What are the differences between scooters and mopeds?
Many people use the term “scooter” and “moped” interchangeably, but the two are not the same. What’ are the differences between scooters and mopeds? How did they both come to be? Which one is better? Do the differences really matter?
What is a moped?
A moped is a motorized bicycle. It has an engine like a motorcycle, but can be propelled forward by a combination of either peddling and/or an engine.
At the dawn of the 20th century the bicycle was immensely popular. Viva la Industrial Revolution, baby! Rural agricultural life was changing: Millions flocked to the city. Back then a million was still a lot of people, because no one knew what was happening in China yet!
We had bicycles, sure, but we wanted to go faster, and we wanted to be lazy, and we really didn’t like hills. So after a few beers one person said “wouldn’t it be great if we didn’t have to peddle to ride?”. The replies came in. It was a unanimous “Yep”, and before long humanity mounted a steam powered motor into a bicycle, and the rest is history.
Today mopeds are considered peddle-assisted motorcycles, or LSMs (Low Speed Motorcycles). The top speeds of mopeds are roughly 30 mph or 50 km/hr, which makes them good for just about nothing by North American standards, but perfect for everything everywhere else in the world.
What is a scooter?
A scooter is a motorcycle with a step through design. A scooter has no pedals and is more akin to a motorcycle than it is to a moped. Unlike a traditional motorcycle, a scooter’s frame is shaped to allow riders to step-through the vehicle, rather than swing a leg over. A scooter’s frame is more like a womens’ bicycle step-through frame, compared to a mens’ bicycle frame.
The scooter also dates back to the early 20th century. Scooters tend to be more focused on ease of use than on performance, hence the step-through design and small displacement size they typically have. Scooters in the past have traditionally been geared but not anymore. The general trend of scooter simplicity of the last few decades has seen the switch to Automatic Continuous Variable Transmission (CVT) becoming the norm. Acceleration is as easy as twisting the throttle and there is no shifting required. Today’s scooters are essentially automatic transmission motorcycles with a step through design.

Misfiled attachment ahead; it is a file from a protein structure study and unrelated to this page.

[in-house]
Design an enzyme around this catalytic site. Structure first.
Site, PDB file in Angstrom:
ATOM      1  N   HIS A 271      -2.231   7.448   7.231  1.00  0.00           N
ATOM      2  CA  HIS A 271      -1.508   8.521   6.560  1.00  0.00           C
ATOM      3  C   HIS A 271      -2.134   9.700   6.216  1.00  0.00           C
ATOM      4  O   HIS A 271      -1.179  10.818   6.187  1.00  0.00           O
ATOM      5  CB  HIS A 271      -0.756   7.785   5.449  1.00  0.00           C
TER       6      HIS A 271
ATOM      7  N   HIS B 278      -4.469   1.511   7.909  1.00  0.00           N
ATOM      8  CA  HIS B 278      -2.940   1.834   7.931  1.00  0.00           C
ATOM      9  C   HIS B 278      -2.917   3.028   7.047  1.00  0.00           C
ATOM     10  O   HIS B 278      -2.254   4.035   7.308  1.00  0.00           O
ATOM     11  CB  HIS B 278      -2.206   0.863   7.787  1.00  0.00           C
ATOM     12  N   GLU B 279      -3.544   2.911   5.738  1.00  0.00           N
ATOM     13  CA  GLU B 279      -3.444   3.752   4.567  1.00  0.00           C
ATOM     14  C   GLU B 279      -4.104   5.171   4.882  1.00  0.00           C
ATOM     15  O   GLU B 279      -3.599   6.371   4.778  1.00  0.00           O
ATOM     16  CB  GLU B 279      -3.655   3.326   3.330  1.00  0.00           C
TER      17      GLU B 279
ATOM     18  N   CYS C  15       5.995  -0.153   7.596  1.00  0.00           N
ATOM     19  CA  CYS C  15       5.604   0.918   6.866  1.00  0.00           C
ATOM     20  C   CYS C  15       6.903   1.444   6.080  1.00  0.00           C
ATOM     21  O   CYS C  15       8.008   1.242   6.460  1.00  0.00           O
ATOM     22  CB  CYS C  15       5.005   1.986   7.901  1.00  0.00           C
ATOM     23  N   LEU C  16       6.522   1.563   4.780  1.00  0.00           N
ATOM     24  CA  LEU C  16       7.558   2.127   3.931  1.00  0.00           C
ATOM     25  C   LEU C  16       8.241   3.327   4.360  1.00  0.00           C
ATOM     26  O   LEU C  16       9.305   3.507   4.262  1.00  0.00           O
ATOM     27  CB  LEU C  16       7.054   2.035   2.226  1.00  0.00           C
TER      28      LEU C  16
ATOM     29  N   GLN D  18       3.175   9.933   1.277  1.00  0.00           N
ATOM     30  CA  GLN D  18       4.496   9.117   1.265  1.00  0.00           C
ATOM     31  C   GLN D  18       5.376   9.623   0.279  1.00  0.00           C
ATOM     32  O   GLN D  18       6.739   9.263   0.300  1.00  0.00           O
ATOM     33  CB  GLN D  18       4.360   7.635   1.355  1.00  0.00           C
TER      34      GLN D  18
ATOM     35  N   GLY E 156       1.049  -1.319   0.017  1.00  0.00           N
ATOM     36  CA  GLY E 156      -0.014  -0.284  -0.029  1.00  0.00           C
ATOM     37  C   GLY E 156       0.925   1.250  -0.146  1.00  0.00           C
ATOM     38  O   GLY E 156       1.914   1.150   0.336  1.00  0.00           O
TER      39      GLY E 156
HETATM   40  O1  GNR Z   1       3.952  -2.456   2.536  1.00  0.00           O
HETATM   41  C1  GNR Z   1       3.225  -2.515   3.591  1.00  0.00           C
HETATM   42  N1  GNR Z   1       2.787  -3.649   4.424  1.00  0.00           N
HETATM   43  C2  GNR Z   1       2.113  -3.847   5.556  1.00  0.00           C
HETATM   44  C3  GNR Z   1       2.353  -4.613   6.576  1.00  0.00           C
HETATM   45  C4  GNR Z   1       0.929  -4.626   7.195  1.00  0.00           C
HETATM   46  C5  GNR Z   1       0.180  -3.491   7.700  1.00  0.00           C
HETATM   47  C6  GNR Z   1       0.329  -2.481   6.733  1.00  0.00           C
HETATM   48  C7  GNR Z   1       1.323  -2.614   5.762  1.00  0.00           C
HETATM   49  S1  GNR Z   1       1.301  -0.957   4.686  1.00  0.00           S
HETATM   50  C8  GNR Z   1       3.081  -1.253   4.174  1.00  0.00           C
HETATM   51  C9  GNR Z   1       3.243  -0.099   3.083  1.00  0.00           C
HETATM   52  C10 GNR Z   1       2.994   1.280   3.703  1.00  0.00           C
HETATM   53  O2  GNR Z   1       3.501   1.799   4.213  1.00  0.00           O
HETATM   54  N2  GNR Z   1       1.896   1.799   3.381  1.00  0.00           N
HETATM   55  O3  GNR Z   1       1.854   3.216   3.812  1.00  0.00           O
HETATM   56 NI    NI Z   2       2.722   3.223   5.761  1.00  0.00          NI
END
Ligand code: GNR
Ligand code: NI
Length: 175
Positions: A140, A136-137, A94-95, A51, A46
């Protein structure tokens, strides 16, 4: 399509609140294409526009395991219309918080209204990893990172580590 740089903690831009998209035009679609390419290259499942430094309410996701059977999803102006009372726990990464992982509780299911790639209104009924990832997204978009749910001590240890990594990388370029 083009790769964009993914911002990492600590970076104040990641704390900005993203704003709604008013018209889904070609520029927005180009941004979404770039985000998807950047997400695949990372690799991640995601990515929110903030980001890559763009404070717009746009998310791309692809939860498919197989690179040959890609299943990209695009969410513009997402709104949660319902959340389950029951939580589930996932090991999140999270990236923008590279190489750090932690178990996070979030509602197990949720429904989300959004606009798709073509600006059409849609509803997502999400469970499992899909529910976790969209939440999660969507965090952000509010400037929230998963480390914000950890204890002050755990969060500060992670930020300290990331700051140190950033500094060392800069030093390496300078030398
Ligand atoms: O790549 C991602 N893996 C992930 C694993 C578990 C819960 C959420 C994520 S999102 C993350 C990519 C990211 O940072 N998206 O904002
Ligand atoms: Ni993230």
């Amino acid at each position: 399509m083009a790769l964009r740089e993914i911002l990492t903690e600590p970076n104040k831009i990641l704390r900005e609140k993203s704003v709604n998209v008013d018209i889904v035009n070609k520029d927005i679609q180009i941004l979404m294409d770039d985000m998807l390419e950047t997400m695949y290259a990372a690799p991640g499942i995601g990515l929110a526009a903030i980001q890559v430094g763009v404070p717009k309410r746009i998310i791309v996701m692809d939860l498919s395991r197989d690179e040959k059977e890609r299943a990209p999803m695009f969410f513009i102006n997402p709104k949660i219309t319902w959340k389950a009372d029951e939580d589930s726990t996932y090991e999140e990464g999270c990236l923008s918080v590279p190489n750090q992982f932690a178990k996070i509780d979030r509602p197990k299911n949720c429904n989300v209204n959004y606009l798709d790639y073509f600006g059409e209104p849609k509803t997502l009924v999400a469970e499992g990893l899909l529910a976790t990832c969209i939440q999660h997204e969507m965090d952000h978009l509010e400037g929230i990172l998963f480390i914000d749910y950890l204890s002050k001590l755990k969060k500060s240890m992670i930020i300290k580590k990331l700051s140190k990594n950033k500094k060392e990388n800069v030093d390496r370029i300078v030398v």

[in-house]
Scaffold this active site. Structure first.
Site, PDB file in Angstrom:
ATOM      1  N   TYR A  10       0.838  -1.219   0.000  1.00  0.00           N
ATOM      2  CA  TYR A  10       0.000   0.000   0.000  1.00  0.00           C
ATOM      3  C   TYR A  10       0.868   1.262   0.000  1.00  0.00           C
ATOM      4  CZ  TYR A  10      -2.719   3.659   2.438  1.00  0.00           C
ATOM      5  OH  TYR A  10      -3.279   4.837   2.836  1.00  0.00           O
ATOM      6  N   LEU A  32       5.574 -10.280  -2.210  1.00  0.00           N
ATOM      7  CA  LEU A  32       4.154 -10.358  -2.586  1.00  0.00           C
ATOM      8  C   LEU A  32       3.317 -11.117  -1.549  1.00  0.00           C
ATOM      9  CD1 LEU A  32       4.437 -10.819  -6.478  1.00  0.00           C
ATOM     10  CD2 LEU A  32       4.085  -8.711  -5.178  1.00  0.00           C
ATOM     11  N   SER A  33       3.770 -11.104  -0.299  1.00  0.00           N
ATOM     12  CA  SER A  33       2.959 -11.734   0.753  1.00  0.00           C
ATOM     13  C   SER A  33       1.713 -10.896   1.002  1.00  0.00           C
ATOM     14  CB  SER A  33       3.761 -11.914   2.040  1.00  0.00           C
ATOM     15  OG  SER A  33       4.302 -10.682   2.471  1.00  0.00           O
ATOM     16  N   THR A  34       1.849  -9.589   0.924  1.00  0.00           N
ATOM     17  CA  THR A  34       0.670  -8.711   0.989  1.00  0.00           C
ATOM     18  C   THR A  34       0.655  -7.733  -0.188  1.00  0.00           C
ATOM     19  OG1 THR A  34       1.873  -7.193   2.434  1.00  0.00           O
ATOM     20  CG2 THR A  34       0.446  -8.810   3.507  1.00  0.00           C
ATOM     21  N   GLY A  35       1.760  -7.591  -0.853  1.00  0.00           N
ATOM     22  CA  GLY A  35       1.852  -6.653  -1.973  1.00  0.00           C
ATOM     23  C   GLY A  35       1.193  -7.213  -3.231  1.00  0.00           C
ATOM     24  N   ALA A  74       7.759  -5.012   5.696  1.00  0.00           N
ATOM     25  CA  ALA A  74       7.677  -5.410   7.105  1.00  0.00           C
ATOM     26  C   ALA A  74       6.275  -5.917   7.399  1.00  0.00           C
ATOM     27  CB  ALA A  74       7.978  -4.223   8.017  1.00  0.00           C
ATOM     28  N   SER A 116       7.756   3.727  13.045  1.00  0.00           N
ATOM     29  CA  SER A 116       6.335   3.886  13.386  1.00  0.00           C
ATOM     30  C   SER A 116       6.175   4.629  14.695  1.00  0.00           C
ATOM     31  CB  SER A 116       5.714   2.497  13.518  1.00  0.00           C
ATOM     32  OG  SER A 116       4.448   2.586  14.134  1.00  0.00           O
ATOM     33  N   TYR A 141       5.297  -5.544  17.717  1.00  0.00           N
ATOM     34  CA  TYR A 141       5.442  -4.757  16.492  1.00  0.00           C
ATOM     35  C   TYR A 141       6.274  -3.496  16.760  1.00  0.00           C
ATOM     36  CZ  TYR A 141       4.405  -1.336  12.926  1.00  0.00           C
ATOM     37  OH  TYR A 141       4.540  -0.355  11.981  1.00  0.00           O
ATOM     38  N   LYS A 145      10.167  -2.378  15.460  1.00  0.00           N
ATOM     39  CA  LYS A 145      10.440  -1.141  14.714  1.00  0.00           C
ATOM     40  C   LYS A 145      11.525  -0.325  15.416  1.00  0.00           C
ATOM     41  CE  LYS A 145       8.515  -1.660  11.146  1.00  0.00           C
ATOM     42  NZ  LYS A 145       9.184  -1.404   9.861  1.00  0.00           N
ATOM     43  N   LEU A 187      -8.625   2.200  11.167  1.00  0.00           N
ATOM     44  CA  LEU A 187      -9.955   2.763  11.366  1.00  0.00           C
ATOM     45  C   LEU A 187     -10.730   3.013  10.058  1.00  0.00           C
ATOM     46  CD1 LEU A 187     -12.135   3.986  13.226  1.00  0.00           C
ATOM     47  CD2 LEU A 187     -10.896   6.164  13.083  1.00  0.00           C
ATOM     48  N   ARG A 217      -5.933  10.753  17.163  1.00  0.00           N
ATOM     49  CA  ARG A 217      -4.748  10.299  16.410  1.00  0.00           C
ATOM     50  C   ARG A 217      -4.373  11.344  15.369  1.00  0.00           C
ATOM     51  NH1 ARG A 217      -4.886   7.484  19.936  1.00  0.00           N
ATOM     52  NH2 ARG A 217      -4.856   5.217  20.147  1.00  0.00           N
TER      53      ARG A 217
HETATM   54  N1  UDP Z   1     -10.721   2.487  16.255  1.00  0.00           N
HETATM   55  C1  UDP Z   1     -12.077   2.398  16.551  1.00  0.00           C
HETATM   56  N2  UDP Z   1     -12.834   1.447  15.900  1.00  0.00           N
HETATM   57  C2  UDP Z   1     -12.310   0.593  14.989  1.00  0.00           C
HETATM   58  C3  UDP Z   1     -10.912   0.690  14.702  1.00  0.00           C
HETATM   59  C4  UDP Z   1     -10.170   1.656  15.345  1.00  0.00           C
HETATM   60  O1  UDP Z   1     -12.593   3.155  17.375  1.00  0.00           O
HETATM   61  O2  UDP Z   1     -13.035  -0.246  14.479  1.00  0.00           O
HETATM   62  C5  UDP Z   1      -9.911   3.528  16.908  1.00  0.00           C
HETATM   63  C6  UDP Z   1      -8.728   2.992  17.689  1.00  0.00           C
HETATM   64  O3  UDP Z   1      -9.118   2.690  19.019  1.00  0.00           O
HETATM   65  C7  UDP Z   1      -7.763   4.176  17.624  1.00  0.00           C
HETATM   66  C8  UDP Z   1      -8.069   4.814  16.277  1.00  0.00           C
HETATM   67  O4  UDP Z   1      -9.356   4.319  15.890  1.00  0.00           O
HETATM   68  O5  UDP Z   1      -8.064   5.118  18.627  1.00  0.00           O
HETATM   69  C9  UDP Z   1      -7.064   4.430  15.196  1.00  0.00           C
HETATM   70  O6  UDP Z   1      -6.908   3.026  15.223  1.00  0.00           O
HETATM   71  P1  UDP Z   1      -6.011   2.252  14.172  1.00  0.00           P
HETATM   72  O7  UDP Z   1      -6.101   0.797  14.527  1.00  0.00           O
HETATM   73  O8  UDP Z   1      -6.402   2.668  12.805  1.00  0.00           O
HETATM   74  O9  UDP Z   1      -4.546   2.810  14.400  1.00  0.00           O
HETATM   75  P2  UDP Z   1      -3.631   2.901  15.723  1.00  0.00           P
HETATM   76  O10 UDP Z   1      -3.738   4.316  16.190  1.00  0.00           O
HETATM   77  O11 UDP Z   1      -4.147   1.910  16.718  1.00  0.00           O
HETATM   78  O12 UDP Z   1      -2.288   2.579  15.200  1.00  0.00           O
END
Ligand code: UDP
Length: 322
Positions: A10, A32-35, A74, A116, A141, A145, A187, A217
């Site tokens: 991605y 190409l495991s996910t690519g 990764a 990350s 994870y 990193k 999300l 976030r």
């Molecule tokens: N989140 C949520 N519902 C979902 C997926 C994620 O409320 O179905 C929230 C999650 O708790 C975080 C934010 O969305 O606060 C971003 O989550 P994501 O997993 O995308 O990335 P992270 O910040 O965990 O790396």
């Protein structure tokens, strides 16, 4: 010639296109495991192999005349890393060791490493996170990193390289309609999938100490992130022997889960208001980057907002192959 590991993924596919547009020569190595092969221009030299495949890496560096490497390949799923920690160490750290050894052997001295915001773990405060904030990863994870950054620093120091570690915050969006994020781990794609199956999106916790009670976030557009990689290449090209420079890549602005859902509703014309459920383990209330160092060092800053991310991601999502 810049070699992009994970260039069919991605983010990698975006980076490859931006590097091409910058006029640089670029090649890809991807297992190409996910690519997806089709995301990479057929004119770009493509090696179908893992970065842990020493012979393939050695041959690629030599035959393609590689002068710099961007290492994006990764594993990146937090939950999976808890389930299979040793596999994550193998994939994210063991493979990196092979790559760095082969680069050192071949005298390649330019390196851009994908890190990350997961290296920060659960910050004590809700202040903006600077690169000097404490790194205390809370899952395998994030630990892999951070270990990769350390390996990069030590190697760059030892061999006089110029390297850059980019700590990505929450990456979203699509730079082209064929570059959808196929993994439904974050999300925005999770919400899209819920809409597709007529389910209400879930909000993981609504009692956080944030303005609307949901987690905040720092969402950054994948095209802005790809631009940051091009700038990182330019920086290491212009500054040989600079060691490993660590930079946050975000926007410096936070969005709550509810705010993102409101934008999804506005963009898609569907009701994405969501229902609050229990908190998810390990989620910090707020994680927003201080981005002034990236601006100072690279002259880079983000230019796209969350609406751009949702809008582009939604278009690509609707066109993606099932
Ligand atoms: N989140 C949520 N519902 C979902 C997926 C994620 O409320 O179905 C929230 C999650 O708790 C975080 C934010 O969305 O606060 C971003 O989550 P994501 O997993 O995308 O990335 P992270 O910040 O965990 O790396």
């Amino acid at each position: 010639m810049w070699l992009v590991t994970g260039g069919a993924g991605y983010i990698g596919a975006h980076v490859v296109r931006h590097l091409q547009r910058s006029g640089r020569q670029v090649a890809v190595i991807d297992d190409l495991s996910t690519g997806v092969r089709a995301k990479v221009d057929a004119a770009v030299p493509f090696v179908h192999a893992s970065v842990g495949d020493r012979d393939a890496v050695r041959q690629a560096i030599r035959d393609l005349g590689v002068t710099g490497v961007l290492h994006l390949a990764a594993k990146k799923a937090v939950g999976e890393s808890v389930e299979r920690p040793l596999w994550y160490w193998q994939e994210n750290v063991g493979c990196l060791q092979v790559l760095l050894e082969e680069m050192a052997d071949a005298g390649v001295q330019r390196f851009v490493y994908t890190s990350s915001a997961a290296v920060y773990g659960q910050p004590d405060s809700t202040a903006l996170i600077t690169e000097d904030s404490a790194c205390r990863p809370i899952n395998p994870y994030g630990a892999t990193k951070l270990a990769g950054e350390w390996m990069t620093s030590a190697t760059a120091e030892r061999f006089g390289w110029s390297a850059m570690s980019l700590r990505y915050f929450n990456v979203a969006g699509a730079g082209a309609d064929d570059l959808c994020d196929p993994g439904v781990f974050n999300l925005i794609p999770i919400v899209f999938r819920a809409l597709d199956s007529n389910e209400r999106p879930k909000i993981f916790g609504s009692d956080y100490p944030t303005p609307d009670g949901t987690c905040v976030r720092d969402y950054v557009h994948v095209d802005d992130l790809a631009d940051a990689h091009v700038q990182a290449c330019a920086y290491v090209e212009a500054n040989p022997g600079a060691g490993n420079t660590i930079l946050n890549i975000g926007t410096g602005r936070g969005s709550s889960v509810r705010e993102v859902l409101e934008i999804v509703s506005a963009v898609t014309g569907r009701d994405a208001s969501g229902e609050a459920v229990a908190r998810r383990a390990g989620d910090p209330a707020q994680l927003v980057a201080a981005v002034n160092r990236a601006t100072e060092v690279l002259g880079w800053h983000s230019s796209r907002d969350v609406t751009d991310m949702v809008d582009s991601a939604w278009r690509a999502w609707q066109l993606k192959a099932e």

Scooters aren’t always a slouch though. That’s one of the differences between scooters and mopeds. Some scooters feature more advanced performance technology than their motorcycle counterparts. For example, a KYMCO Xciting 500Ri features fuel injection, braided brake lines, and Anti-lock Braking System (ABS). Technology that typically wasn’t found on many 500cc motorcycles of it’s time. Many scooters are comfortable on the highway, while some even exceed 200 km/hr.
Scooter vs moped – which one is better?
You won’t find the same level of technology and performance on a moped as you can get on a scooter. If you’re into speed and technology, the scooter wins.
Some riders prefer the reliability of being able to pedal should they need to, in which case the moped could be right for you.
Do the differences between scooters and mopeds really matter?
The differences between scooters and mopeds only matter as far as letting others understand that you know what you’re talking about. If you misname one or the other to another rider who knows better, he or she might think you ignorant of these things. If that matters to you, you should make sure you get it right. If you can’t be bothered, don’t sweat it.
As a final note, here’s a Moped (left) and a Scooter (right):